Assistant's Addendum . . .
by Father Kenneth G. Davis
(from January 2001 Tidings)
Happy New Year again. The new year 2001 is upon us. On the Sunday closest to November
30, St. Andrew's Day, we began a new Christian Year.
The Christian Year is important for us as Episcopalians to contemplate, for it provides
us with sufficient opportunity to reflect upon the life of Jesus Christ and our
relationship to Him as our personal Lord and Savior; important for us if we are to accept
seriously our baptismal covenant and live by its promises.
The Catechism of the Church defines the church as "the body of which Jesus Christ
is head, and all baptized persons are members". It is important for us to remember
that the church is a living organism, it is people, not just a church building. It lives,
it moves, and it has special being for as to personalize, to relate to, to claim, yes, and
to accept as "mine". The opposite of this might be that we are ineffective,
immovable, sterile, and dead.
Our beloved assistant bishop in Michigan, the late William Gordon, was emphatic when he
said we must "re-present" Jesus Christ to a naughty and hurting world, not to
simply represent Jesus to others. Our life in Jesus Christ is not stagnant, but alive and
ever-vital. He must be seen in us for others to see and desire to emulate. We find in the
December cycle of the Church Year, not only the Nativity of Jesus, the Son of the Living
God, but we remember in thanksgiving, St. John the Apostle and Evangelist, one of the
first apostles of Jesus, and one of the inner circle of those close to Jesus,
along with James and Peter. He was present at the Transfiguration. the raising of Jairus's
daughter, and the healing of the mother-in-law of St. Peter. It is said of St. John that
Jesus loved him. Personal relationships.
A favorite saint, known as the inspiration for Santa Claus, is Nicholas, bishop of
Myra, who died in 342 A. D. It is said that he was present at the Council of Nicaea in 325
A. D. when our Nicene Creed was formulated. Legends of him abound: one tells of many
miracles, but the one greatest of all tells of a gift of three bags given to three girls
who had no dowries to support themselves. From this story, we have the tradition of
wrapped gifts given at Christmas time, celebrated at the second season of the Church Year,
a period of 12 days commemorating the birth of Jesus and the visiting of the Jewish people
to the child Jesus. It is God's desire that this spirit of Christmas abound throughout the
The feast of the Epiphany, January 6, will soon be upon us. This signifies that Jesus
now belongs to the entire world, Jews AND Gentiles. This is commemorated by the visitation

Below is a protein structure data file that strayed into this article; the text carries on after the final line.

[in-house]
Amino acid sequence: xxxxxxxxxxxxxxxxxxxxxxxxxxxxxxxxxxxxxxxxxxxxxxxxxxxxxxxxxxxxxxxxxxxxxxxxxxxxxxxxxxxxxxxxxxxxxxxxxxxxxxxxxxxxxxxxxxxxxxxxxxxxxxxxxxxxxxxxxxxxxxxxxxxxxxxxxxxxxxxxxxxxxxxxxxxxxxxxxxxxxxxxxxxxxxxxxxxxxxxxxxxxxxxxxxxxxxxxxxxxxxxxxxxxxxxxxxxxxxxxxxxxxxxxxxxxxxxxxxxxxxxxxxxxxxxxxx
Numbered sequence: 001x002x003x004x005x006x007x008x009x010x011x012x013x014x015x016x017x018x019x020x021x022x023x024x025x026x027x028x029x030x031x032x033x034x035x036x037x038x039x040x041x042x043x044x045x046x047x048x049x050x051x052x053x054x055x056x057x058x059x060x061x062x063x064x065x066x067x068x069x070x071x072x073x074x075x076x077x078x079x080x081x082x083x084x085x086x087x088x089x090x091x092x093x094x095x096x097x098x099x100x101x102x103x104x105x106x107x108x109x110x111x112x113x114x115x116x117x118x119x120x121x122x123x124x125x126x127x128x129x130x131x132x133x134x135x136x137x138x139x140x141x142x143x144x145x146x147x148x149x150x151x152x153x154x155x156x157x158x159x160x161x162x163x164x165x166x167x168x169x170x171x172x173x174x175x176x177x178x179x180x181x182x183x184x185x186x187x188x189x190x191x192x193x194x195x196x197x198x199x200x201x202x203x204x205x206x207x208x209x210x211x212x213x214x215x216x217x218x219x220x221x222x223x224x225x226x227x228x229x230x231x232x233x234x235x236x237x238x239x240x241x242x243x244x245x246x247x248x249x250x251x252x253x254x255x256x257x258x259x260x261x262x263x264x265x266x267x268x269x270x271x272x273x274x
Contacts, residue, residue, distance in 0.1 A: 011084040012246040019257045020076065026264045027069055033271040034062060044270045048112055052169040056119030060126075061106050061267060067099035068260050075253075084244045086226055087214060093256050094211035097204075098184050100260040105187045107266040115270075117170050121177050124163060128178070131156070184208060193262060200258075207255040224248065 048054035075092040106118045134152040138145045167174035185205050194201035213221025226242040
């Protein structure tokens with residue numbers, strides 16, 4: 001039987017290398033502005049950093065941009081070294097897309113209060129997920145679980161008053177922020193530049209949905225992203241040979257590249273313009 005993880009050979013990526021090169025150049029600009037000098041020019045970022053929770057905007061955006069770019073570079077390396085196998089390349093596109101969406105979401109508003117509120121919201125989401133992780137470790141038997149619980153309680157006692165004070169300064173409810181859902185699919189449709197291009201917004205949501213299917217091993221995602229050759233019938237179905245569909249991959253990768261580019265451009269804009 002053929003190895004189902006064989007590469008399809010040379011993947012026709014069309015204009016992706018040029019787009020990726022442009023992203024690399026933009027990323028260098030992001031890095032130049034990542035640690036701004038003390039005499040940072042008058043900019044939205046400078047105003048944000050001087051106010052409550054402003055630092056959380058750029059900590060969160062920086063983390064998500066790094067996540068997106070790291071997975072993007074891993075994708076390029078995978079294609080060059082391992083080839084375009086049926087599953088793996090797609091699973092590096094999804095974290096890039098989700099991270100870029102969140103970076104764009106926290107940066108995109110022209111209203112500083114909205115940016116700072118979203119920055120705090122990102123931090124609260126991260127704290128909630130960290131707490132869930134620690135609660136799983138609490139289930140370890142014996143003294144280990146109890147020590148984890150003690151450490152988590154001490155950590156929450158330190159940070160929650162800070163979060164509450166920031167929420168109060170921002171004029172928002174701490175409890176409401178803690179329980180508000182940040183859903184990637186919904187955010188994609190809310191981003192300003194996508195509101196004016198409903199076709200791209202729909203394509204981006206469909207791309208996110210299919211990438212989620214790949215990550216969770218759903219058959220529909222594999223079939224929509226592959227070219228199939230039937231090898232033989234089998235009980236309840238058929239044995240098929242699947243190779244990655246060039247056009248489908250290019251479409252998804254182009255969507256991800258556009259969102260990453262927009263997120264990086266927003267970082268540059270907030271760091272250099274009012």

of the Magi from the East. Jesus comes to all, that no one should perish but all might
have eternal life. I can claim Him as "my Lord and Savior".
The Church moves on, honoring men and women of every age in history, who have
demonstrated the promise of the returning Lord to a waiting world. William Laud, born in
1573, became Archbishop of Canterbury in 1633. He taught that the church is a direct
continuity with the Body of Christ. He emphasized the importance of the priesthood and the
sacramental nature of the Church For his stand to keep the church as the Body of Christ,
he was condemned to death and beheaded on January 10, 1645.
The late Phillips Brooks, Bishop of Massachusetts, 1893, was a man with the spirit of
adventure, in thought, life, and faith. He is known as the author of the famous carol,
O LITTLE TOWN OF BETHLEHEM. Though
he did not die for his faith, as did William Laud, he demonstrated his faith by becoming
one of the greatest preachers of the 19th
Century, witnessing in a different way to his faith in Jesus, for he ministered
with tenderness, understanding, and warm friendliness, reminding us of the mysterious
richness of human nature and the nearness of God to each of us.
One of my favorite hymns says: I SING A
SONG OF THE SAINTS OF GOD, and the verse ends, and I mean to be one
too. We all have the opportunity to witness to our faith in Christ. Some are called
upon to lose their life, others may become fools for Christ's sake. We are all
called upon to pick up our cross daily and follow Him. Men and women, even at this moment,
are being persecuted for their faith in Christ. While I was in both India and China, I was
urged to tell the American people that these people are not free to worship OPENLY in the
Name of Jesus Christ.
And so, the church lives on, for the church is you and me. SOME of us will be called
upon to make the ultimate sacrifice, but WE are all called upon to bear witness to our
faith, the love of God, and of His Christ, under the power of the Holy Spirit. His
greatest gift came to us with great sacrifice. Do we stand for Christ, or do we stand for
nothing? That is a question each must answer. Wise men are still following the Star!
Thanks be to God who gives us the victory through our Lord Jesus Christ.
May there be room in your manger-heart to receive the Christ child.
Faithfully, your fellow companion,
KENNETH G. DAVIS